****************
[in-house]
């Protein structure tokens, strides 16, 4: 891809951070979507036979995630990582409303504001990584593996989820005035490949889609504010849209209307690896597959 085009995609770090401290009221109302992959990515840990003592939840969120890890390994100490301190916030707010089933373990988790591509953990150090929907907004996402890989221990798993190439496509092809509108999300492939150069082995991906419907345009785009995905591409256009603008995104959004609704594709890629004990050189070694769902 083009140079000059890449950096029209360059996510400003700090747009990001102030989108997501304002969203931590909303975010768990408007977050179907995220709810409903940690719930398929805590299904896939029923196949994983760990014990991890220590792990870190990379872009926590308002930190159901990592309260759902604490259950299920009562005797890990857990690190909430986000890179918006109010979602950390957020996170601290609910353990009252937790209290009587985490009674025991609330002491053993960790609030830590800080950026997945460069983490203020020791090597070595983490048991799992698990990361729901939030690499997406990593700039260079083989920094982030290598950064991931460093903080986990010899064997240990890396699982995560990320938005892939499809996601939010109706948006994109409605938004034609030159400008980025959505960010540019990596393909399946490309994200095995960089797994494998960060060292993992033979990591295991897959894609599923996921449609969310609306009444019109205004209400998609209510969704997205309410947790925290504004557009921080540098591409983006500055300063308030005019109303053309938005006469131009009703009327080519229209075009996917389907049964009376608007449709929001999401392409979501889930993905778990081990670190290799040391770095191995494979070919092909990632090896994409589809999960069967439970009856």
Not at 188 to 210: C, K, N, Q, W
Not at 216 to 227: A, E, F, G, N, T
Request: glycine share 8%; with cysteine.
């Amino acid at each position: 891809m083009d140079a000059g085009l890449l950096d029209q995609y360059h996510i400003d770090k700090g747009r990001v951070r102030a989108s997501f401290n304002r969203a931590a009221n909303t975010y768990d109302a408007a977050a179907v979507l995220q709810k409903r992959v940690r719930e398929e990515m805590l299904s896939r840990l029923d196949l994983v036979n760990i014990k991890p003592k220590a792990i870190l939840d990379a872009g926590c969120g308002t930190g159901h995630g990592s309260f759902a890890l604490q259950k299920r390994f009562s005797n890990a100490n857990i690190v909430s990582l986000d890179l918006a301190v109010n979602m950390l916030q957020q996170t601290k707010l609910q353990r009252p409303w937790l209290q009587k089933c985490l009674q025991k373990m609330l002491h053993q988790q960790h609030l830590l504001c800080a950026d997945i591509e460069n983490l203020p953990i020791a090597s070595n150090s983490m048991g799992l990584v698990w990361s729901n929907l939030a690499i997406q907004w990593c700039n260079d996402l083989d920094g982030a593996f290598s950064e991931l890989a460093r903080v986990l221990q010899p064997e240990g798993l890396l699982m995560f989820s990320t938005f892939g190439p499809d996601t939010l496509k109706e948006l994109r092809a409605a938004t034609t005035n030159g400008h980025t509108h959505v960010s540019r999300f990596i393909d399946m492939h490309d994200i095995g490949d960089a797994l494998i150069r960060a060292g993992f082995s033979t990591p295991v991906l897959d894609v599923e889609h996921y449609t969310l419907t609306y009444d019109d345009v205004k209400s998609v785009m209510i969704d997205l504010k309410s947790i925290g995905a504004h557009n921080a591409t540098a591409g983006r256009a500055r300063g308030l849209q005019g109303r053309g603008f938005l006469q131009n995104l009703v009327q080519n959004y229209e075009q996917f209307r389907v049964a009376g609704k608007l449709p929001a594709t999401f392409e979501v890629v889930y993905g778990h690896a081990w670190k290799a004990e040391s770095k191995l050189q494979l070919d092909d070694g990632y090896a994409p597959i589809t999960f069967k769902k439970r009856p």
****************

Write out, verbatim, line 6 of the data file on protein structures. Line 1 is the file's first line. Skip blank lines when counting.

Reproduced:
């Amino acid at each position: 891809m083009d140079a000059g085009l890449l950096d029209q995609y360059h996510i400003d770090k700090g747009r990001v951070r102030a989108s997501f401290n304002r969203a931590a009221n909303t975010y768990d109302a408007a977050a179907v979507l995220q709810k409903r992959v940690r719930e398929e990515m805590l299904s896939r840990l029923d196949l994983v036979n760990i014990k991890p003592k220590a792990i870190l939840d990379a872009g926590c969120g308002t930190g159901h995630g990592s309260f759902a890890l604490q259950k299920r390994f009562s005797n890990a100490n857990i690190v909430s990582l986000d890179l918006a301190v109010n979602m950390l916030q957020q996170t601290k707010l609910q353990r009252p409303w937790l209290q009587k089933c985490l009674q025991k373990m609330l002491h053993q988790q960790h609030l830590l504001c800080a950026d997945i591509e460069n983490l203020p953990i020791a090597s070595n150090s983490m048991g799992l990584v698990w990361s729901n929907l939030a690499i997406q907004w990593c700039n260079d996402l083989d920094g982030a593996f290598s950064e991931l890989a460093r903080v986990l221990q010899p064997e240990g798993l890396l699982m995560f989820s990320t938005f892939g190439p499809d996601t939010l496509k109706e948006l994109r092809a409605a938004t034609t005035n030159g400008h980025t509108h959505v960010s540019r999300f990596i393909d399946m492939h490309d994200i095995g490949d960089a797994l494998i150069r960060a060292g993992f082995s033979t990591p295991v991906l897959d894609v599923e889609h996921y449609t969310l419907t609306y009444d019109d345009v205004k209400s998609v785009m209510i969704d997205l504010k309410s947790i925290g995905a504004h557009n921080a591409t540098a591409g983006r256009a500055r300063g308030l849209q005019g109303r053309g603008f938005l006469q131009n995104l009703v009327q080519n959004y229209e075009q996917f209307r389907v049964a009376g609704k608007l449709p929001a594709t999401f392409e979501v890629v889930y993905g778990h690896a081990w670190k290799a004990e040391s770095k191995l050189q494979l070919d092909d070694g990632y090896a994409p597959i589809t999960f069967k769902k439970r009856p």